|Monday, 28 June 2004|
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During the recent past, we have witnessed increases of bus fares on so many occasions in sympathy with the increased cost of fuel, spares etc.
On all occasions the bus fares were increased by adding a certain percentage to the fares existed before the increase. This has resulted in bus fares that have very little relationship to the distance travelled. This in turn has resulted in an unfair deal for the passenger.
When the bus services were nationalised in 1958, the fare charged had a distinct relationship to the distance travelled. In most routes in low lying areas, the fare was 03.3 cts per mile approximately and around 04 cts in the hill country routes.
At the time, the lowest fare was only 05 cts, children being charged only 03 cts as half fare. A passenger could travel from Bambalapitiya to Kollupitiya for 05 cts. Today one has to pay Rs. 3 for the same distance.
The method used to increase the bus fares during the past several years has negated the relationship that existed between the distance travelled and the fare charged.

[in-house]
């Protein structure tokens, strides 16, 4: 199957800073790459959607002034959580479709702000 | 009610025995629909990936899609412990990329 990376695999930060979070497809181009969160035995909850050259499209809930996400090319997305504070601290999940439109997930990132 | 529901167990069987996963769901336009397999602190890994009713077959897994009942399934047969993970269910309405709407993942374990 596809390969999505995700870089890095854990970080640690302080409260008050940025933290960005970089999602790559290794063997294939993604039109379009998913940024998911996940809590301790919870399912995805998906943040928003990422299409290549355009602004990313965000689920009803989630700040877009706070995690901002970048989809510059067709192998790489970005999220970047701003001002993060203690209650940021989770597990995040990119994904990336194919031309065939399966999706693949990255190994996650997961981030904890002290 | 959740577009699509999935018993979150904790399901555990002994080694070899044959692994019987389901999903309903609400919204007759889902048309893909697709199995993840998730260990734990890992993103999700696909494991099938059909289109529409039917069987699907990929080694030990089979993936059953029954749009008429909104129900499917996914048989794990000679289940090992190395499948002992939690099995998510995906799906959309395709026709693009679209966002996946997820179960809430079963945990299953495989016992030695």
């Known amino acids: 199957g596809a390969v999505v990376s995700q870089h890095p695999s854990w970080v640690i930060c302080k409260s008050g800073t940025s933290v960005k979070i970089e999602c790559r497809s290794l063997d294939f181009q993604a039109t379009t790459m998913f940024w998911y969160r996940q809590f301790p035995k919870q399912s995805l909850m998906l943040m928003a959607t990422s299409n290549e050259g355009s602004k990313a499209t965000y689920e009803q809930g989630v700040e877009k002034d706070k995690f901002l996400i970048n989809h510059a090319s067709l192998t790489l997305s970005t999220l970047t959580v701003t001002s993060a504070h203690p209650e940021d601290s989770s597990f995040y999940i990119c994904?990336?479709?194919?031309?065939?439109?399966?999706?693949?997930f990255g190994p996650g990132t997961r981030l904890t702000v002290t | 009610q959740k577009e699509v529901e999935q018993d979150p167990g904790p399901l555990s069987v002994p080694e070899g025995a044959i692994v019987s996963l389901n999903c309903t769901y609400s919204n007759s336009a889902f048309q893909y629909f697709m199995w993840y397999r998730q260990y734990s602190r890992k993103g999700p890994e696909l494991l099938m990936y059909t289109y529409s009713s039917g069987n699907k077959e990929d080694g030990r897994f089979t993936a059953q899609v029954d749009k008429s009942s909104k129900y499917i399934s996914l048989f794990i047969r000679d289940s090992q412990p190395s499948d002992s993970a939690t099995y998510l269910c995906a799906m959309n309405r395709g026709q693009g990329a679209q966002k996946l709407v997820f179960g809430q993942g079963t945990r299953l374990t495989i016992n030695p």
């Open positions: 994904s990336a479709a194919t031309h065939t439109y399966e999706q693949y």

This method has been resorted to since it was easy to calculate even though the result was unfair from the point of view of the passengers. This anomaly could be eliminated only if the bus fares were calculated on a pro-rata basis to the distance covered.
The fare could be fixed at, say 60 or 70 cts per Kilo Metre; having the lowest fare at Rs. 2 with which a passenger could travel around 3 Kms. Thereafter, the fare could be increased by slabs of one rupee, thereby avoiding the use of cents in bus fares altogether. However, this may need re-marking the bus fare sections in bus routes.
It is not such a bad idea to rationalise the entire structure of bus fares as suggested since the majority of our people are going to use omni buses for their day-to-day travel for a very long time to come.
K. M. GUNARATNE - Moratuwa.
Recently I visited home for a short holiday. I had only one medium sized luggage with a 'Fragile' tag attached to it. I had some breakable items in my luggage luckily not so expensive.
The luggage started to come through after a long wait. The rate of luggage delivery was on the average 10 pieces every 15 minutes. As the luggage came through, we could hear the porters on the other side of the wall dropping bags that made loud noises. Some bags were just dumped on one another and some were damaged in the handling process.
This being a late night flight the passengers were tired and looked eager to get out of the airport to meet their loved ones.